In the vast and endless desert of southern Jordan, tucked away under the monoliths of sandstone and granite, there lies a village full of life and rich in culture.
Wadi Rum Village is inhabited by Bedouins of the Zalabia tribe and number around a thousand. Though Bedouins are renowned for their nomadic lifestyle, many in Wadi Rum have migrated to the small community since its creation in the 1960s.
The area is quickly becoming widely recognised as a centre for eco-adventure tourism. The day is occupied with rock climbing, hiking, jeep safaris and camel tours, while at night tourists are given the opportunity to experience the genuine and traditional Bedouin lifestyle in the desert. This entails gazing at the vivid Milky Way and its brilliant meteor showers, eating mansaf or maglubeh and drinking sweetened black tea in abundance, clapping along to the husky vocals and intricate oud picking that marks a Bedouin song, and soaking in the warmth of the flickering fire.
Such nights proved to be my favourite part about staying in Wadi Rum for one month. I lived without money, volunteering for Salem, an experienced local guide with a big heart. My work, if you can even call it that, involved maintaining the desert camp and assisting the tourists in any way I could.
Construction techniques were for the most part sustainable, utilising local materials such as chunks of rock for walls and firepits. Tents were created from woven goat, sheep or camel wool and were extremely versatile so to accommodate the changes in wind and sun. In contrast, the village was built-up with concrete homes for a sense of permanency.
Many people kept camels, donkeys or goats as either a source of income or to assist with daily tasks. Flocks of goats could often be seen foraging in the desert with an elderly shepherd bringing up the rear.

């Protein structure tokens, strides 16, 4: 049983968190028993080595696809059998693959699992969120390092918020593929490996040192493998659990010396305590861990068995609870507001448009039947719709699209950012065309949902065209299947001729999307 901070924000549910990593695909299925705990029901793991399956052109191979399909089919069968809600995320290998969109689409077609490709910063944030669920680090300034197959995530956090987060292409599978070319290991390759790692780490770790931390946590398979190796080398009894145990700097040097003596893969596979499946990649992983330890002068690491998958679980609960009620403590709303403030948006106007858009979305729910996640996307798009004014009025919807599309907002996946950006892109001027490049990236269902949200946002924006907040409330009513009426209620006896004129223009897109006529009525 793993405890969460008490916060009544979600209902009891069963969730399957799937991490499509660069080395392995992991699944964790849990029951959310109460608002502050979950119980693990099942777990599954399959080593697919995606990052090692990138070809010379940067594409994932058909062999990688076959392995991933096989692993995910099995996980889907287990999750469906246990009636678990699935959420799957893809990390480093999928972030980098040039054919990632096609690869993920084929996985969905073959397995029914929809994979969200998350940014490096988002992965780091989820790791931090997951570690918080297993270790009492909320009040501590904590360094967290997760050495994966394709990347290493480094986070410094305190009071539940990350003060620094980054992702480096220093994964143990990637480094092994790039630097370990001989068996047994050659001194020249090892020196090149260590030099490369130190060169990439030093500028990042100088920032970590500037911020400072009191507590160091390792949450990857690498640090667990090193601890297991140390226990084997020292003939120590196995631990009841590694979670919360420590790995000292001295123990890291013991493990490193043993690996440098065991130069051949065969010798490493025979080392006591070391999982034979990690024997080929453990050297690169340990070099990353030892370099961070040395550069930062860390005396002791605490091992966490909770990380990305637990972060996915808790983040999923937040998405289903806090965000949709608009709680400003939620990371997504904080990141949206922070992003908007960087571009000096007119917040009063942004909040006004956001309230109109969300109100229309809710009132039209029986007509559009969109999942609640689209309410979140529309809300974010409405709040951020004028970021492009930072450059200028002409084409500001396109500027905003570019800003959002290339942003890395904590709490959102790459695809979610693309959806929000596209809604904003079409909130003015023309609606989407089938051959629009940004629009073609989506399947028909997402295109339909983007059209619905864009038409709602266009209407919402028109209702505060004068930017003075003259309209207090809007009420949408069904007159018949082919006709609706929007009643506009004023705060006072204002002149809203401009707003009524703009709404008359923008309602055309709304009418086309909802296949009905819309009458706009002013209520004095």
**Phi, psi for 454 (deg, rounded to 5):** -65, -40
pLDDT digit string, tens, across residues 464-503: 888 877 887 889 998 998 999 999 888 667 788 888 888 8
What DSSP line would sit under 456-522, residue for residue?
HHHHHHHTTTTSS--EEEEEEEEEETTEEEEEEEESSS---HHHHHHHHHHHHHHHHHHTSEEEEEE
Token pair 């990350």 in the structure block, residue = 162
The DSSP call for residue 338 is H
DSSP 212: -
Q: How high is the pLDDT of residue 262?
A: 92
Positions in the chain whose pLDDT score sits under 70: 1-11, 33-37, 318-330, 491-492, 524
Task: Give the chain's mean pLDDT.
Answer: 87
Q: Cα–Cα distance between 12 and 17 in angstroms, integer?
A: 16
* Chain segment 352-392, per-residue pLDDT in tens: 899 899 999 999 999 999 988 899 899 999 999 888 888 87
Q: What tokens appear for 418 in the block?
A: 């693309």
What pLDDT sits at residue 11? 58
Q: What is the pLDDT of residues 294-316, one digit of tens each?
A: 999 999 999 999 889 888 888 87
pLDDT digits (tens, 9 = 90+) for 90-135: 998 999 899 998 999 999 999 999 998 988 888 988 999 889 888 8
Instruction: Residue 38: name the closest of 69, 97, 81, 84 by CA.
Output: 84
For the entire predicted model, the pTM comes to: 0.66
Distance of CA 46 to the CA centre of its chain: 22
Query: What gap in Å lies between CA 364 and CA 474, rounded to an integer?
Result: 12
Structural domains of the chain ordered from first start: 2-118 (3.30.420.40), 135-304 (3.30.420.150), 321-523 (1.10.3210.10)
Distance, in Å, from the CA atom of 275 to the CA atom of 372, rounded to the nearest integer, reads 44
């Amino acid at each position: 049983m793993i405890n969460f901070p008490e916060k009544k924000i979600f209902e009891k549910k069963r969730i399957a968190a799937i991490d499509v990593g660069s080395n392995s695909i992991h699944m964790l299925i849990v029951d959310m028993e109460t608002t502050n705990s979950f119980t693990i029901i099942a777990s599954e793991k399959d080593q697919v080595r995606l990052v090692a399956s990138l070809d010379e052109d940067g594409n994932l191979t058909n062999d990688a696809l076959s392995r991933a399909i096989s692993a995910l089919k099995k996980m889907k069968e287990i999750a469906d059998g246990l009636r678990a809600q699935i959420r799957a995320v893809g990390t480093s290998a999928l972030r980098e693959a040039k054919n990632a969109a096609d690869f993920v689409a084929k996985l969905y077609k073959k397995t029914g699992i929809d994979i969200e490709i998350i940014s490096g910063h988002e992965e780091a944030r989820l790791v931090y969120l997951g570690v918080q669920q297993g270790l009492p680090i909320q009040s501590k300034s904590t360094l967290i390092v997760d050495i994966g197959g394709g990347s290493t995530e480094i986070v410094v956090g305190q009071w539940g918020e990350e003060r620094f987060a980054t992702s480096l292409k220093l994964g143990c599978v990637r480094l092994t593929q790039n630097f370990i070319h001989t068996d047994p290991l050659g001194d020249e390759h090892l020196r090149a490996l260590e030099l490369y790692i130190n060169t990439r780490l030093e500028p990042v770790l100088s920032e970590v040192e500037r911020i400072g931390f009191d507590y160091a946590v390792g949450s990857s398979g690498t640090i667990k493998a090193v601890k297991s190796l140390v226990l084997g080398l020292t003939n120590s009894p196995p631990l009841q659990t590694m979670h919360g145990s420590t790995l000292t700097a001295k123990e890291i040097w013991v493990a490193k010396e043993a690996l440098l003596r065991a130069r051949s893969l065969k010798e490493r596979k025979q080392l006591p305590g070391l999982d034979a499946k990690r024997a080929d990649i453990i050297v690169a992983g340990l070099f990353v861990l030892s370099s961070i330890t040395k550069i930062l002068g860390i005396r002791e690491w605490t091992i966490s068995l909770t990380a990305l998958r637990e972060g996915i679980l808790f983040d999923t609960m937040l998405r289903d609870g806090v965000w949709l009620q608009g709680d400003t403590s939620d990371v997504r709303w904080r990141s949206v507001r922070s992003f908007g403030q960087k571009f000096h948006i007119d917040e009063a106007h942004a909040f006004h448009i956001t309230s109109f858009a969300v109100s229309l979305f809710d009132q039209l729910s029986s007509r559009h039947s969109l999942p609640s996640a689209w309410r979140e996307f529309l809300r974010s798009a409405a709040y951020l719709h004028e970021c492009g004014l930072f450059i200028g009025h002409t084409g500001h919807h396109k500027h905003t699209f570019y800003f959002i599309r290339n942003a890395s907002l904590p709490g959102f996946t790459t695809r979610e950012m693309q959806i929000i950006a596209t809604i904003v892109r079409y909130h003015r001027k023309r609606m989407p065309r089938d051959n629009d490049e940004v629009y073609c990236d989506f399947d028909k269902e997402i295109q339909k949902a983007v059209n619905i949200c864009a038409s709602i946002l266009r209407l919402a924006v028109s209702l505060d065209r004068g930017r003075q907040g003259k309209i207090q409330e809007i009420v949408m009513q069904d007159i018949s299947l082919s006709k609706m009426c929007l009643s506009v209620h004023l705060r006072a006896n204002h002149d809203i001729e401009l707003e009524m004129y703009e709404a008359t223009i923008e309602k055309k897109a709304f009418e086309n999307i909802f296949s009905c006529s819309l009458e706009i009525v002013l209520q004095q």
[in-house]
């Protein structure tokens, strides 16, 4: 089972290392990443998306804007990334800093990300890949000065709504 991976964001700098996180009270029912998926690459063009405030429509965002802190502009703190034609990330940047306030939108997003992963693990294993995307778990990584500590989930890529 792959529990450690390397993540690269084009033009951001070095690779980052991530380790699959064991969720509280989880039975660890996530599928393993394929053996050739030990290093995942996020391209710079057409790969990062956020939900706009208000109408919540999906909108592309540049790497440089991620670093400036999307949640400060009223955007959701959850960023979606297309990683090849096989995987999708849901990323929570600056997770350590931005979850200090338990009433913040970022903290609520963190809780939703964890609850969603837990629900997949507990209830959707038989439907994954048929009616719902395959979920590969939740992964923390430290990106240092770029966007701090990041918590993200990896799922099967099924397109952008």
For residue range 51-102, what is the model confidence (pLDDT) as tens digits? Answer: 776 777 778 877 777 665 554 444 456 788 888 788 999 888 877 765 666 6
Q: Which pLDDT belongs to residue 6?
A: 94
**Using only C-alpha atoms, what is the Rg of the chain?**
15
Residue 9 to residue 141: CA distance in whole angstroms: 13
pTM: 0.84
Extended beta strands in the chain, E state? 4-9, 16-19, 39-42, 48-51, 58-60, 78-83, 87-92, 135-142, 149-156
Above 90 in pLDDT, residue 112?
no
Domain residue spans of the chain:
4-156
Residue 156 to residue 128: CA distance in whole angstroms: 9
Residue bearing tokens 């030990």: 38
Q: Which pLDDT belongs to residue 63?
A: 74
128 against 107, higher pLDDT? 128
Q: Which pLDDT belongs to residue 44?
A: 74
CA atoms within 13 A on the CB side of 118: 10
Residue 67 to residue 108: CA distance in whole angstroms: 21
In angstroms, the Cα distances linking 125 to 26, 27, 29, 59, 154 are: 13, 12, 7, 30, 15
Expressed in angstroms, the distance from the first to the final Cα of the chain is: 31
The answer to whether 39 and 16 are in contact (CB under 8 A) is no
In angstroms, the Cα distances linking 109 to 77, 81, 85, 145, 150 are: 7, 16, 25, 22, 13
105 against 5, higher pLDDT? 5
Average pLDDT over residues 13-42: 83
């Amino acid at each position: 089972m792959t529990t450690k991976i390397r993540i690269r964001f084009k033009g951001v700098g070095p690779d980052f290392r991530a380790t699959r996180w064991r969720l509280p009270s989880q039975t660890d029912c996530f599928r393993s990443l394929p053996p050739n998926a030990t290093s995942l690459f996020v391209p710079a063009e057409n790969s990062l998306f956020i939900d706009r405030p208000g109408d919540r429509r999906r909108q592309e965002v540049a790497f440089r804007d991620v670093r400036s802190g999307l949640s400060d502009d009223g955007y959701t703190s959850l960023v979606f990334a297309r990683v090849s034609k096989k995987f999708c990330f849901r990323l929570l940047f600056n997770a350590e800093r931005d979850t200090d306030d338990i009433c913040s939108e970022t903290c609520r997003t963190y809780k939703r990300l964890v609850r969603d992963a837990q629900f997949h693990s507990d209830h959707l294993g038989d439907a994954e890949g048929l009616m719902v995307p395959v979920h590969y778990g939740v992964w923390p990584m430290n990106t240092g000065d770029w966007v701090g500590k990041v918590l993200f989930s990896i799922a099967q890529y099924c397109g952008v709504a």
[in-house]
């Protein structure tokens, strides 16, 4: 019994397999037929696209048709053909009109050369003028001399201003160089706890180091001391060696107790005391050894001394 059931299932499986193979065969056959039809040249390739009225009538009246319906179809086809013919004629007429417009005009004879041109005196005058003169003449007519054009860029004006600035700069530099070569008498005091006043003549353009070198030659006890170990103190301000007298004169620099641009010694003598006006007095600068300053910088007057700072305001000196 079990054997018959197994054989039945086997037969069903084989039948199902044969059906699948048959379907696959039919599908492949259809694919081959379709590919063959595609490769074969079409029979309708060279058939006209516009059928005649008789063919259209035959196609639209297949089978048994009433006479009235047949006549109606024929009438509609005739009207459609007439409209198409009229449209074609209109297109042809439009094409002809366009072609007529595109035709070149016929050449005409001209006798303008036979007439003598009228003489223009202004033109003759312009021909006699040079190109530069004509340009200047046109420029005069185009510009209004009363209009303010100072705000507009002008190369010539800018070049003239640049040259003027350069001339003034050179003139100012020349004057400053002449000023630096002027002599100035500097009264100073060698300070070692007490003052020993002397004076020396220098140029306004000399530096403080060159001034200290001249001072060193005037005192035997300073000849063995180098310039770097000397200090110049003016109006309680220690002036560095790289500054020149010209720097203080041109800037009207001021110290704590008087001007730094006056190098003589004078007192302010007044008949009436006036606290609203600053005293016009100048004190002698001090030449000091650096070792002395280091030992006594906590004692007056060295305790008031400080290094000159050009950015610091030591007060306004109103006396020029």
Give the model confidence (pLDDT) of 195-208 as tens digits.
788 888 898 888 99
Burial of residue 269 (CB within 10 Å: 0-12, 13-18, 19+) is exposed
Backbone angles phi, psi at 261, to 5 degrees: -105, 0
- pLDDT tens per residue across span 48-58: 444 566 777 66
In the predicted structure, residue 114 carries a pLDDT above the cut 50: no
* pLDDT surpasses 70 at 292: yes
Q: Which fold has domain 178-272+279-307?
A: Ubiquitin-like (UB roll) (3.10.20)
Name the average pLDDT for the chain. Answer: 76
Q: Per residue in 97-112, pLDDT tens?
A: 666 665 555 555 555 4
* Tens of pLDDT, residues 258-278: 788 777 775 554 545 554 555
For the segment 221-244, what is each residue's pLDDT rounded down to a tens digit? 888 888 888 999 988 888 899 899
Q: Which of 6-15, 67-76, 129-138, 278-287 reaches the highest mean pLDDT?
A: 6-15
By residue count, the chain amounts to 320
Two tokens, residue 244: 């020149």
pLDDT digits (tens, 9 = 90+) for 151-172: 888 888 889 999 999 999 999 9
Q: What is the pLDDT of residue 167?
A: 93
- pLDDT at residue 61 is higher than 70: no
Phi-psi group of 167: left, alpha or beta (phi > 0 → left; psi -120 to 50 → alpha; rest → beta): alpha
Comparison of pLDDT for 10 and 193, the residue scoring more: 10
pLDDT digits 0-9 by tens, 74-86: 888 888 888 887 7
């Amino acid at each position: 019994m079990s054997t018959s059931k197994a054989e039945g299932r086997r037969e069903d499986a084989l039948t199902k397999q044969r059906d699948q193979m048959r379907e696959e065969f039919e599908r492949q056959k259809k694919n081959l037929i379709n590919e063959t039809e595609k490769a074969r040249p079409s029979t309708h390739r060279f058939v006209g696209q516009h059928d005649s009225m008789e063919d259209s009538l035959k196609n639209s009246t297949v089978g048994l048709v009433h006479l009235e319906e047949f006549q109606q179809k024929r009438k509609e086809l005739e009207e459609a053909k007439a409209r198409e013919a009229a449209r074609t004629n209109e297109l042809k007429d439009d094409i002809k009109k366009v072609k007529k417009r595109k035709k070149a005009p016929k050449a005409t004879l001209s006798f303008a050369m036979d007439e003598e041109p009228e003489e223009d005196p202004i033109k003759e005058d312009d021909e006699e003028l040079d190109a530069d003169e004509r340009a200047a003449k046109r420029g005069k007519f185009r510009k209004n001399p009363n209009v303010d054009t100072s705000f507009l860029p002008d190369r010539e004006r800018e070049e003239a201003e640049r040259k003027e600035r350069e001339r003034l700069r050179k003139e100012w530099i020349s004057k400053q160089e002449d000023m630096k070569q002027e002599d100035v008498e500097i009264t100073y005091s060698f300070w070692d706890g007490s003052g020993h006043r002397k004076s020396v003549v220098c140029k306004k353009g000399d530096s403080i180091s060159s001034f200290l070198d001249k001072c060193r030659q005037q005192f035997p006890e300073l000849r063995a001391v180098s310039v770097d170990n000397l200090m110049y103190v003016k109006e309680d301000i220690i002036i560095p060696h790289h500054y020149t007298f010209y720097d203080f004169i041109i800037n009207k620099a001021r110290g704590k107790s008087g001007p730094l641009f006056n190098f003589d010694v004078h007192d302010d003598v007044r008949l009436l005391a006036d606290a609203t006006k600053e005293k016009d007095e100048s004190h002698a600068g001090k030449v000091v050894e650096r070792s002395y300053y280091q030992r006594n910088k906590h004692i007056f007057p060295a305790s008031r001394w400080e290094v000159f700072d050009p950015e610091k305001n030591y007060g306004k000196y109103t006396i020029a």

The tribe itself is well-knit, with everybody knowing the names, faces and happenings of the rest. Walking down the street it is easy to perceive the sense of community that prevails. I often played football with the young men and children alike, each of us pretending that we were Ronaldo or Messi as we weaved through thobe-covered legs. I found it incredible that the simple feat of leaving the house had me instantly greeted with smiling faces and genuine interest in my day’s activities and personal well-being.
The hospitality of Salem, his wife, children, brothers and cousins was also to be admired. I was part of the family from the moment I stepped foot in Wadi Rum and that will never change. We had great evenings huddled around the fire drinking tea, telling stories and discussing interesting topics.
Their faith in Islam was one of these. I learned a tremendous deal about their religion and how it is ingrained into their culture. I was regularly informed that their faith required them to be kind and generous, to love thy neighbour like they would themselves, and to treat animals with respect. And that is exactly what I witnessed.
From their selfless welcoming of strangers into their homes to the happiness and kinship that permeates their lives, we can surely all learn something from the Bedouins.
Having travelled alone for the better part of two years, when I found a home in Wadi Rum, I was a nomad no more.